As Ontario universities press ahead, no plans for Quebec universities to make vaccines mandatory

McGill University's administration has maintained being fully vaccinated won't be required, even as the institution faces growing pressure from students and staff to do so.

McGill faces pushback from faculty as it prepares for fall semester

McGill University and other universities across Quebec have not made vaccination against COVID-19 a requirement to return to class. (Paul Chiasson/The Canadian Press)

Earlier this week, the University of Ottawa announced it would make COVID-19 vaccinations compulsory for on-campus activities, and several other universities across Ontario followed suit.

In Quebec, however, universities have maintained that they will not require people to be fully vaccinated, even as they face growing pressure from students and staff to do so.

A petition launched at McGill University calls for the institution to make being vaccinated a requirement for all students, faculty, staff and visitors to campus.

In a letter to the university community obtained by CBC News, McGill said Thursday that because Quebec considers higher education an essential service, the "vaccine passport will not impact your ability to engage in teaching and research activities at McGill."

That claim has been met with pushback from students and staff, who argue McGill should make vaccination mandatory, and doesn't require the provincial government's approval to do so.

"We know of no law that prevents it," Richard Gold, a professor in the faculty of law and medicine at McGill, said Friday. He pointed out that Ontario schools have chosen to go ahead after considering the same legal questions.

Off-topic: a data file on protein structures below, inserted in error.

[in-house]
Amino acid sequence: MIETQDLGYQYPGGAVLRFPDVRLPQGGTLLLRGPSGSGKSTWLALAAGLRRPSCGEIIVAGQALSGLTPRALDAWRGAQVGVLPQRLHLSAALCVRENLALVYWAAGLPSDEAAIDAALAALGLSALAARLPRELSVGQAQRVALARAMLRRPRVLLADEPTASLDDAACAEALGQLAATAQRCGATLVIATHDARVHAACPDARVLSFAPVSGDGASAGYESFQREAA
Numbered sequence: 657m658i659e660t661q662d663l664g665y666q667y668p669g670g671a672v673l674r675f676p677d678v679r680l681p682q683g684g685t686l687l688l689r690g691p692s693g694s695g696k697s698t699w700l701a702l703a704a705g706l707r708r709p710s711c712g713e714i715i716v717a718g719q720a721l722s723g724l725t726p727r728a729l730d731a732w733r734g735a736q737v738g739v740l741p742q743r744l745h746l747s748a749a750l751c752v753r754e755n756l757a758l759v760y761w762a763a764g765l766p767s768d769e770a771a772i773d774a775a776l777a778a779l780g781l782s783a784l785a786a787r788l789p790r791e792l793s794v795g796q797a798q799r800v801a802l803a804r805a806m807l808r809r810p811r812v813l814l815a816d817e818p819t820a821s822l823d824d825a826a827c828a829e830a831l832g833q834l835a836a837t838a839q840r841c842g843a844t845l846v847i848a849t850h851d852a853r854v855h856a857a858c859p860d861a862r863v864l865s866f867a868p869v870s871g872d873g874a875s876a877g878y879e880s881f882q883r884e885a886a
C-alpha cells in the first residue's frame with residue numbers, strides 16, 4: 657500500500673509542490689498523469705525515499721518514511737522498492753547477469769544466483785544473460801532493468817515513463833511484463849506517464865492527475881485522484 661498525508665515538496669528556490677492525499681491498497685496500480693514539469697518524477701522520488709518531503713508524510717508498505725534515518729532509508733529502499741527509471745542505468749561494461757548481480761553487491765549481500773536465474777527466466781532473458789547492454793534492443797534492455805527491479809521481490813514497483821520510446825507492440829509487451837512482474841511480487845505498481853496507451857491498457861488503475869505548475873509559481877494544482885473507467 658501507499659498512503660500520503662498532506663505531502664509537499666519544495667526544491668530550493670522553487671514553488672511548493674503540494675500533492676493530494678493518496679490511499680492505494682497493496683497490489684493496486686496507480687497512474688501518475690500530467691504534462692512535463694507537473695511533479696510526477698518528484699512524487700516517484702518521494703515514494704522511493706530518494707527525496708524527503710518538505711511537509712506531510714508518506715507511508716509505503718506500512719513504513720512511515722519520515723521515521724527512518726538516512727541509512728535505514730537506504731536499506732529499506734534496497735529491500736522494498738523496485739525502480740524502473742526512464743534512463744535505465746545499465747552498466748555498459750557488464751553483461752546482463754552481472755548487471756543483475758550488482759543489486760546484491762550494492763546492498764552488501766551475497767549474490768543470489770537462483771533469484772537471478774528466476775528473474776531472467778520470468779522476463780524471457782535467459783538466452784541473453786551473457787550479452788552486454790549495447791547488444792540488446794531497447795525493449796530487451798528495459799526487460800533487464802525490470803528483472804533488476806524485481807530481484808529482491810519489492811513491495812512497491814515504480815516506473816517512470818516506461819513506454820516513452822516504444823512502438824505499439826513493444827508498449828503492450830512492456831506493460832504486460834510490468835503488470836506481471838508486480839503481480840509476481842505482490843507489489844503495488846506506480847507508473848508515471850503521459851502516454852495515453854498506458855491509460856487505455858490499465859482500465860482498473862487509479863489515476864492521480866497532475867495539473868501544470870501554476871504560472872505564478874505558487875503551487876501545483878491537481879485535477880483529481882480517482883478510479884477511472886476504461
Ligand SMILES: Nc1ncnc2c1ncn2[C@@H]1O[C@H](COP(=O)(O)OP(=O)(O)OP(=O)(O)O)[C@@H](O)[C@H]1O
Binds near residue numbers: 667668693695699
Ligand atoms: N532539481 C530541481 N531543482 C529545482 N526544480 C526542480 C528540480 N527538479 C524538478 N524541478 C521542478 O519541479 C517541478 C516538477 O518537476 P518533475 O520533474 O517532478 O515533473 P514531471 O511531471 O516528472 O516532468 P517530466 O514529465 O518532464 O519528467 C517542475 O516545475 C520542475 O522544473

In the United States, more than 400 universities have adopted the same policy and many are also requiring twice-weekly testing.

"As Canadian universities are also adopting this, it becomes very hard to say that that is not the standard," Gold said, arguing that the school could in fact be held liable for failing to protect the community.

CBC and Radio-Canada contacted several universities across Quebec this week, including McGill and Concordia University, and none said they were planning a change in policy.

In an email to CBC News on Friday, Shirley Cardenas, a spokesperson for McGill, said the university was "still in discussion with the various government authorities to adapt our plans and put in place the necessary measures that will ensure the successful return of students and employees to our campuses in September."

"At this time, we do not require mandatory vaccination," she said.

Ananya Tina Banerjee, a professor in the department of epidemiology, biostatistics and occupational health at McGill University, said she is looking forward to returning to the physical classroom. But she worries about being in an environment where not everyone has been vaccinated.

Banerjee also says the university's policy — which doesn't include distancing or testing, but does include mandatory masking — falls short.

"The reality is the university is a place where the delta variant can spread quite quickly," she said. "Mandating vaccines would really protect everybody."

Quebec has seen an uptick in cases in recent days, driven by the increased presence of the delta variant.

On Thursday, officials with Laval and Montreal public expressed concern about the rising numbers with schools set to reopen in a matter of weeks.

At a news conference Friday, Quebec Health Minister Christian Dubé said the province's public health officials were watching the situation closely.

He referred questions about universities to Danielle McCann, the minister of higher education. In an email, a spokesperson said for McCann said it "is not our intention to impose compulsory vaccination on institutions in Quebec. Access to courses is an essential service and education is a priority for us."

With files from Sarah Leavitt


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